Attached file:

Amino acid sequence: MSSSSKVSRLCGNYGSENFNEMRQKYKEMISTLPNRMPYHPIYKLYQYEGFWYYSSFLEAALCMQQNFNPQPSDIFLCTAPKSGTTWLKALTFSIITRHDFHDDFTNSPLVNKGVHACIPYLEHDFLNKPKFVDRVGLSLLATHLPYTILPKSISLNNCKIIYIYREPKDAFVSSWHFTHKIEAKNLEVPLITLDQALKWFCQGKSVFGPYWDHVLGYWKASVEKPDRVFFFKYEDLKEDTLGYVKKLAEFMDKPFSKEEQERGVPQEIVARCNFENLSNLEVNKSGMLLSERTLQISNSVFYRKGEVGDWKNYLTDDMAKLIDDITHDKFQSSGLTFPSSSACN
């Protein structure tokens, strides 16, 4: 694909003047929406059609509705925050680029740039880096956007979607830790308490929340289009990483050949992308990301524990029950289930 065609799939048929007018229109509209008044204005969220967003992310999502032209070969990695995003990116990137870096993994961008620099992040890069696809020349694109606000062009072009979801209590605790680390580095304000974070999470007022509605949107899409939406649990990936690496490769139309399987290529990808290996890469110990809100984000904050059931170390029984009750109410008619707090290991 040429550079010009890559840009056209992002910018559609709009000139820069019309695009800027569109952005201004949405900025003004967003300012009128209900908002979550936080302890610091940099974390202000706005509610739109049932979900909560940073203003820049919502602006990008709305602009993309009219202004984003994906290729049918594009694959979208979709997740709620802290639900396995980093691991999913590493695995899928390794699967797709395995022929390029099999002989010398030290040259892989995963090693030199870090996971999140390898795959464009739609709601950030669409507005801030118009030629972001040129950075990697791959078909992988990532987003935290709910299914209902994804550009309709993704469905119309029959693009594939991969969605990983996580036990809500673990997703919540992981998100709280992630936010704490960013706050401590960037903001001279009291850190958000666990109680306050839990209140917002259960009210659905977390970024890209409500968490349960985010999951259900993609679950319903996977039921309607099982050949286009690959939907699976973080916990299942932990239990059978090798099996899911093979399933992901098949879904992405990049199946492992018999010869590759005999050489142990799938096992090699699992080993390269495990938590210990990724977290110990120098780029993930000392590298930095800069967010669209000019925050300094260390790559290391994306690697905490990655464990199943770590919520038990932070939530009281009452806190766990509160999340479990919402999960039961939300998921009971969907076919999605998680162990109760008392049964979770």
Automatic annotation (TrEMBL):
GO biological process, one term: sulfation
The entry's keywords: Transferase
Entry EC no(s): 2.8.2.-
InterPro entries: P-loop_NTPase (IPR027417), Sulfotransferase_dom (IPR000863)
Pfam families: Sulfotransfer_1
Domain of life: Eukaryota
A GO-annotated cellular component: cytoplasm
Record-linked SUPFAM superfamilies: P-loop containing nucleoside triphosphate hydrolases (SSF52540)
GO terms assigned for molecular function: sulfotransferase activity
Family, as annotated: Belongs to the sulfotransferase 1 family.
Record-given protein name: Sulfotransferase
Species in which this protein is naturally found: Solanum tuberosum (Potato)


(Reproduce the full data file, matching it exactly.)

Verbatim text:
Amino acid sequence: MSSSSKVSRLCGNYGSENFNEMRQKYKEMISTLPNRMPYHPIYKLYQYEGFWYYSSFLEAALCMQQNFNPQPSDIFLCTAPKSGTTWLKALTFSIITRHDFHDDFTNSPLVNKGVHACIPYLEHDFLNKPKFVDRVGLSLLATHLPYTILPKSISLNNCKIIYIYREPKDAFVSSWHFTHKIEAKNLEVPLITLDQALKWFCQGKSVFGPYWDHVLGYWKASVEKPDRVFFFKYEDLKEDTLGYVKKLAEFMDKPFSKEEQERGVPQEIVARCNFENLSNLEVNKSGMLLSERTLQISNSVFYRKGEVGDWKNYLTDDMAKLIDDITHDKFQSSGLTFPSSSACN
């Protein structure tokens, strides 16, 4: 694909003047929406059609509705925050680029740039880096956007979607830790308490929340289009990483050949992308990301524990029950289930 065609799939048929007018229109509209008044204005969220967003992310999502032209070969990695995003990116990137870096993994961008620099992040890069696809020349694109606000062009072009979801209590605790680390580095304000974070999470007022509605949107899409939406649990990936690496490769139309399987290529990808290996890469110990809100984000904050059931170390029984009750109410008619707090290991 040429550079010009890559840009056209992002910018559609709009000139820069019309695009800027569109952005201004949405900025003004967003300012009128209900908002979550936080302890610091940099974390202000706005509610739109049932979900909560940073203003820049919502602006990008709305602009993309009219202004984003994906290729049918594009694959979208979709997740709620802290639900396995980093691991999913590493695995899928390794699967797709395995022929390029099999002989010398030290040259892989995963090693030199870090996971999140390898795959464009739609709601950030669409507005801030118009030629972001040129950075990697791959078909992988990532987003935290709910299914209902994804550009309709993704469905119309029959693009594939991969969605990983996580036990809500673990997703919540992981998100709280992630936010704490960013706050401590960037903001001279009291850190958000666990109680306050839990209140917002259960009210659905977390970024890209409500968490349960985010999951259900993609679950319903996977039921309607099982050949286009690959939907699976973080916990299942932990239990059978090798099996899911093979399933992901098949879904992405990049199946492992018999010869590759005999050489142990799938096992090699699992080993390269495990938590210990990724977290110990120098780029993930000392590298930095800069967010669209000019925050300094260390790559290391994306690697905490990655464990199943770590919520038990932070939530009281009452806190766990509160999340479990919402999960039961939300998921009971969907076919999605998680162990109760008392049964979770």
Automatic annotation (TrEMBL):
GO biological process, one term: sulfation
The entry's keywords: Transferase
Entry EC no(s): 2.8.2.-
InterPro entries: P-loop_NTPase (IPR027417), Sulfotransferase_dom (IPR000863)
Pfam families: Sulfotransfer_1
Domain of life: Eukaryota
A GO-annotated cellular component: cytoplasm
Record-linked SUPFAM superfamilies: P-loop containing nucleoside triphosphate hydrolases (SSF52540)
GO terms assigned for molecular function: sulfotransferase activity
Family, as annotated: Belongs to the sulfotransferase 1 family.
Record-given protein name: Sulfotransferase
Species in which this protein is naturally found: Solanum tuberosum (Potato)